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Beta amyloid inhibition
FRAMINGHAM, Mass.—Beta amyloid plaques, sticky aggregates of the beta amyloid peptide that are a primary driver of disease progression, are the best-known culprit of Alzheimer's disease. As noted by biopharmaceutical company Alzheon Inc., beta amyloid (Aβ) oligomers have a variety of neurotoxic effects in the brain, including synaptic damage, oxidative stress, neuronal death and abnormal tau phosphorylation, among others. As such, a primary approach in attempting to develop treatments against this neurodegenerative disease is to focus on the clearance of Aβ oligomers from the brain. Alzheon has found that the primary metabolite from of tramiprosate and its prodrug ALZ-801, 3-sulfopropanoic acid (3-SPA), is an endogenous substance that inhibits the formation of neurotoxic Aβ oligomers. Alzheon is developing ALZ-801 as a treatment for Alzheimer's disease, and received Fast Track designation for it from the FDA in October 2017.
A recent study showed that 3-SPA blocks the formation of toxic soluble Aβ oligomers in a comparable manner to the effects of tramiprosate. Alzheimer's patients who were administered tramiprosate presented with levels of 3-SPA that were up to 12 times greater than those in patients who were drug-naïve or treated with placebo. The results were published in a paper titled “Discovery and Identification of an Endogenous Metabolite of Tramiprosate and Its Prodrug ALZ-801 that Inhibits Beta Amyloid Oligomer Formation in the Human Brain,” which appeared in CNS Drugs.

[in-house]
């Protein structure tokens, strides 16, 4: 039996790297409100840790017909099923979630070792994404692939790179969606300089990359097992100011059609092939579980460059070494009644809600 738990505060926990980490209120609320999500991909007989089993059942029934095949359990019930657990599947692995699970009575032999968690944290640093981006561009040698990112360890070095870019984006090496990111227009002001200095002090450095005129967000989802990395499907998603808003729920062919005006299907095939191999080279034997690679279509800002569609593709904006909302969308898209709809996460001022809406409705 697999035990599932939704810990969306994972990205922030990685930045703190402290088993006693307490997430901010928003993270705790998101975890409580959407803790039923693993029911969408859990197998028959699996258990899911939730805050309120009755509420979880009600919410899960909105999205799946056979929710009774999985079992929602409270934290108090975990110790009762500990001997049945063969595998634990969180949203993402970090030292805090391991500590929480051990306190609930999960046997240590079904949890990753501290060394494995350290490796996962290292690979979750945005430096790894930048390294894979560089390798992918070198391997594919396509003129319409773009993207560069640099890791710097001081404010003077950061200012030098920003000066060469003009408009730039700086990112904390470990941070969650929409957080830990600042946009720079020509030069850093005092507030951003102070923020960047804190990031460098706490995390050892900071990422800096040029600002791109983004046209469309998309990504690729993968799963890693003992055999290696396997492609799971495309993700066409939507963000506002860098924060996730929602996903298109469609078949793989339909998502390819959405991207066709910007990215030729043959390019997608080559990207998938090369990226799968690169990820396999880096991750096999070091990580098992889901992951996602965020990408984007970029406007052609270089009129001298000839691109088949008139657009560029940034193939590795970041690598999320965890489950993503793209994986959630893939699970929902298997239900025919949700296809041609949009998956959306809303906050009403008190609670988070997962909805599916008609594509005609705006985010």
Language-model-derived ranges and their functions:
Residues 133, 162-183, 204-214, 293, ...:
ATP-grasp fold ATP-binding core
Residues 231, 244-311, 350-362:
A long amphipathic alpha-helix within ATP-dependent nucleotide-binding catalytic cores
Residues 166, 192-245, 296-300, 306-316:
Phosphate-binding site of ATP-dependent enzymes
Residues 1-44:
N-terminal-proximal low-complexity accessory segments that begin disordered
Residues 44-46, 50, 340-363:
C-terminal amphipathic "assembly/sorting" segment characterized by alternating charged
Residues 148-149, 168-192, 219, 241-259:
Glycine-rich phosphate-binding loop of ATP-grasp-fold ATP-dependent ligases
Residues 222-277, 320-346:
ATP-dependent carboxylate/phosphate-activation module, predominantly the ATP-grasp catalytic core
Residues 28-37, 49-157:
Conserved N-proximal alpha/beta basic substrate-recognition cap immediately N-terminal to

As noted in that work, “[W]e showed that 3-SPA has potent anti-Aβ oligomer activity, inhibiting aggregation of Aβ42 into small oligomers with efficacy comparable to that of tramiprosate. 3-SPA displays excellent oral availability and brain penetration in rats, suggesting that the higher CSF concentrations of 3-SPA in the human brain after oral administration of ALZ-801 or tramiprosate (and subsequent conversion to 3-SPA) result from the penetration of the metabolite into the central nervous system. These data suggest that 3-SPA is an endogenous agent with potential activity stabilizing the conformational flexibility of Aβ monomers that, in turn, inhibit Aβ misfolding and formation of soluble toxic Aβ oligomers in humans, thereby preventing the initial pathogenic step in the progression of AD.”
Beyond the promise of 3-SPA itself, Alzheon points out that its presence “suggests the possibility of a protective endogenous anti-Aβ oligomer pathway (“Aβ oligomer brake pathway”) within the human central nervous system, with the potential to prevent or delay the onset of AD. Such physiological anti-Aβ oligomer pathway could modulate the neurotoxic effects of abnormal Aβ aggregation in the aging human brain.”